In trying to set up an installment agreement for a business with delinquent payroll tax liabilities, using both the 433-B for the business and the 433-A for the owner, can you use the “one year rule” as you can in income tax cases?
My client has a large annual alimony payment which ends in a year. If I can get him through the next 12 months, I think he can pay the back taxes and keep his company.
Michael, you can propose a payment plan for the company and then one for the individual with the step up when the alimony ends. The one-year rule only applies to individuals, not businesses, but you could use it for the individual here if you wanted to.
If you set up the payment plan for the company and for the individual now with the alimony factored in, will it full-pay? If so I might go for that and that way the client gets breathing room when the alimony ends. If it wont and the IRS is balking then I would suggest the step-up after the alimony ends.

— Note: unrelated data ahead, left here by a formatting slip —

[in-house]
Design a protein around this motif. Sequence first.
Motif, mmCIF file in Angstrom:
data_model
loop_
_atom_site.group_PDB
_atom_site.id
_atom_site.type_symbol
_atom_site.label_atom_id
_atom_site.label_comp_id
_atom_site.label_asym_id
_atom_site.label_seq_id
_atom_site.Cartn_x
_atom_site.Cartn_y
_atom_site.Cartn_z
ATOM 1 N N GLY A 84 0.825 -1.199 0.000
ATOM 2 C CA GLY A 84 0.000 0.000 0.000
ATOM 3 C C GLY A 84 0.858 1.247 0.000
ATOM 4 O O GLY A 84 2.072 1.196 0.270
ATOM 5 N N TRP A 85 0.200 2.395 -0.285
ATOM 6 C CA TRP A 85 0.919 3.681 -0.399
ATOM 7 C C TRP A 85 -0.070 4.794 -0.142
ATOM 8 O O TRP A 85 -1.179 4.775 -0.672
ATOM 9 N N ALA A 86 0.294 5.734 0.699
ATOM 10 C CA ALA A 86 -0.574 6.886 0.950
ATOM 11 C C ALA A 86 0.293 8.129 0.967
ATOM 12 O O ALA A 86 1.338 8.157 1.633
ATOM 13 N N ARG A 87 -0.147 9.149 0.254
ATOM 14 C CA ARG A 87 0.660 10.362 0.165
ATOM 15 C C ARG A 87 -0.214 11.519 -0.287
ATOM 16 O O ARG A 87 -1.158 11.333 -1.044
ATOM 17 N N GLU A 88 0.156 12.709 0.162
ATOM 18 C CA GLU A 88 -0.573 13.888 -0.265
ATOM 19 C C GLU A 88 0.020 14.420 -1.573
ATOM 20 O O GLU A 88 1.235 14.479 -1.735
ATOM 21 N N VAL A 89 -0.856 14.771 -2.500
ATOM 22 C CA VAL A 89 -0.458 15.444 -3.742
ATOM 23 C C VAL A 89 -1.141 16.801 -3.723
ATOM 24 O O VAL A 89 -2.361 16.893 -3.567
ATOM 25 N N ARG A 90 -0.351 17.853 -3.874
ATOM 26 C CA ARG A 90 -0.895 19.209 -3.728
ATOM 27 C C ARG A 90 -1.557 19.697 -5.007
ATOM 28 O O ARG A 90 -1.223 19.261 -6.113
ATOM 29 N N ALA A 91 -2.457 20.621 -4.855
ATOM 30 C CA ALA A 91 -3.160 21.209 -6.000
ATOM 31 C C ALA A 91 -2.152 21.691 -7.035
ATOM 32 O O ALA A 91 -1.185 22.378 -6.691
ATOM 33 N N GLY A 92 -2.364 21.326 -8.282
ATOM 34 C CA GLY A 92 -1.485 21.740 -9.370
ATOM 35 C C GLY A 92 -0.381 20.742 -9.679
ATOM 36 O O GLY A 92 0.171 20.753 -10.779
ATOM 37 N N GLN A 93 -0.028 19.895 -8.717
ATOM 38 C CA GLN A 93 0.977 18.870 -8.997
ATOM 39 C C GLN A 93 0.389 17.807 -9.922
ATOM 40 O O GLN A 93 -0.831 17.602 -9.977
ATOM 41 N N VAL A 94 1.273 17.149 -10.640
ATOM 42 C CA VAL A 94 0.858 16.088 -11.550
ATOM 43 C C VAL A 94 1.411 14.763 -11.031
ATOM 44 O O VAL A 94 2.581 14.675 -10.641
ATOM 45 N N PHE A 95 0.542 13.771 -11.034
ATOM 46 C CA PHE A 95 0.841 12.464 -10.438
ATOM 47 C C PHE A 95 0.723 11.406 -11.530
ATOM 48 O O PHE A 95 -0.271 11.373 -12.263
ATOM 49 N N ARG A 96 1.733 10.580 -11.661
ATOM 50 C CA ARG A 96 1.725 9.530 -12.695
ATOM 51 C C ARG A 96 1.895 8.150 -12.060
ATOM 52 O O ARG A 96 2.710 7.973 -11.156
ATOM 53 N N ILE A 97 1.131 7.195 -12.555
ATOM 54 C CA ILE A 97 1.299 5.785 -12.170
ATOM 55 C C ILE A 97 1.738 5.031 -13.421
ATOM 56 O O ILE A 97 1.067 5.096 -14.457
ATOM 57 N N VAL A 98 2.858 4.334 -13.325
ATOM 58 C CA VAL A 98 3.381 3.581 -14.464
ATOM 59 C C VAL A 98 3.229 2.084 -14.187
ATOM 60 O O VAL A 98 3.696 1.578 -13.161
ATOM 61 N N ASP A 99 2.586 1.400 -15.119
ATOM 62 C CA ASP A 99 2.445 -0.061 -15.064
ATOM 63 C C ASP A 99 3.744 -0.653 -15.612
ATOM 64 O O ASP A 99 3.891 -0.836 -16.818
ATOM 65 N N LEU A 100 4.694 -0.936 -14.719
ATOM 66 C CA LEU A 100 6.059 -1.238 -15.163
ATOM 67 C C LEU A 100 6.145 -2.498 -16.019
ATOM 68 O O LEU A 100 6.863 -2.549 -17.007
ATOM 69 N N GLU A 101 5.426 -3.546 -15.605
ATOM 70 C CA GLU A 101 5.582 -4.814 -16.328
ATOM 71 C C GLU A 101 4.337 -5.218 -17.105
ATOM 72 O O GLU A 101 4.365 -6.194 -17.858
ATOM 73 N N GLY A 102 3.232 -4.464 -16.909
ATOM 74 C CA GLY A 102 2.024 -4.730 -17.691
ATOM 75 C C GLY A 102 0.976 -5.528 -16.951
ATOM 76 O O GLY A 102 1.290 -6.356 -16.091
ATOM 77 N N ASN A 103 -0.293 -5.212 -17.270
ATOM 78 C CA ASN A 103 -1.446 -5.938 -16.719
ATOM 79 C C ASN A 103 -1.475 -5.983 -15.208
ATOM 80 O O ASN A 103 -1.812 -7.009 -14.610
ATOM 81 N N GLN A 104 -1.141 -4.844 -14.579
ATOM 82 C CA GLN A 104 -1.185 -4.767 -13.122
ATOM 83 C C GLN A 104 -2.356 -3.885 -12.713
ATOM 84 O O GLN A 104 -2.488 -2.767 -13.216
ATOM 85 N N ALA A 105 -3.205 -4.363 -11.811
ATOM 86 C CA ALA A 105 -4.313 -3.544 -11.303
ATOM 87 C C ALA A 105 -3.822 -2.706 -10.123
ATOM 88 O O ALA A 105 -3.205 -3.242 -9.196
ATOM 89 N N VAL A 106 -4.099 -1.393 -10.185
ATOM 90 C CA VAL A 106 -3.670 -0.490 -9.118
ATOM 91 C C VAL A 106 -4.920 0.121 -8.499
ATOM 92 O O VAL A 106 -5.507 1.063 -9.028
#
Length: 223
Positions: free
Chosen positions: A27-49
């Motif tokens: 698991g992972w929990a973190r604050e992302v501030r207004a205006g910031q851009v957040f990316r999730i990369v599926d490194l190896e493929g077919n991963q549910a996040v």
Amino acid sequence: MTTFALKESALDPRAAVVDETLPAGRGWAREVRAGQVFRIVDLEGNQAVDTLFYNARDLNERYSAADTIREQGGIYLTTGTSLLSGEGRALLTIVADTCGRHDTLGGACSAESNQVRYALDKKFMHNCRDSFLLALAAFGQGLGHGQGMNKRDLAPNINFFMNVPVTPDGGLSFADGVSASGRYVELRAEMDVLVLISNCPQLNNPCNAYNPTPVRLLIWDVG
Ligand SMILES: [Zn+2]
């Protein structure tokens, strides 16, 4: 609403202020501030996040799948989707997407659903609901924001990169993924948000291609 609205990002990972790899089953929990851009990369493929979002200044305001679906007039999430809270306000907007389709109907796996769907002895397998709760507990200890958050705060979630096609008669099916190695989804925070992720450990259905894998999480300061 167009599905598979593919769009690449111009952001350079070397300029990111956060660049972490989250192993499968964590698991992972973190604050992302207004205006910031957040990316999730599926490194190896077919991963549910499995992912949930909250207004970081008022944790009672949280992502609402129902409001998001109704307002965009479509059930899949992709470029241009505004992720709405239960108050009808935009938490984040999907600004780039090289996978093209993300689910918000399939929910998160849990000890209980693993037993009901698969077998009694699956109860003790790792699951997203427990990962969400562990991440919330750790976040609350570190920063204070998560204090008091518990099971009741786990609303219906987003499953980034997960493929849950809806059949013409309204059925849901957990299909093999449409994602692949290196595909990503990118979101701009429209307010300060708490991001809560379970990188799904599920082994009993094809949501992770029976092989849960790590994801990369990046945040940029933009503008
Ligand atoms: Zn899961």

Thank you Eric. If you look at his client today (with the alimony and my fee factored in) he looks like an OIC candidate. If you look at him next year, he looks like full pay.
I have two concerns:
1) I want to use the alimony ($50K a year) as an explanation for why the client got into this situation to head off the (slight?) possibility of a criminal referral – $150K delinquency.
2) I’m sure the IRS won’t approve an OIC when they realize the client will have an extra $50K a year once the alimony ends in 2021. I plan on being upfront about this with them because I don’t want to be accused of not disclosing material facts.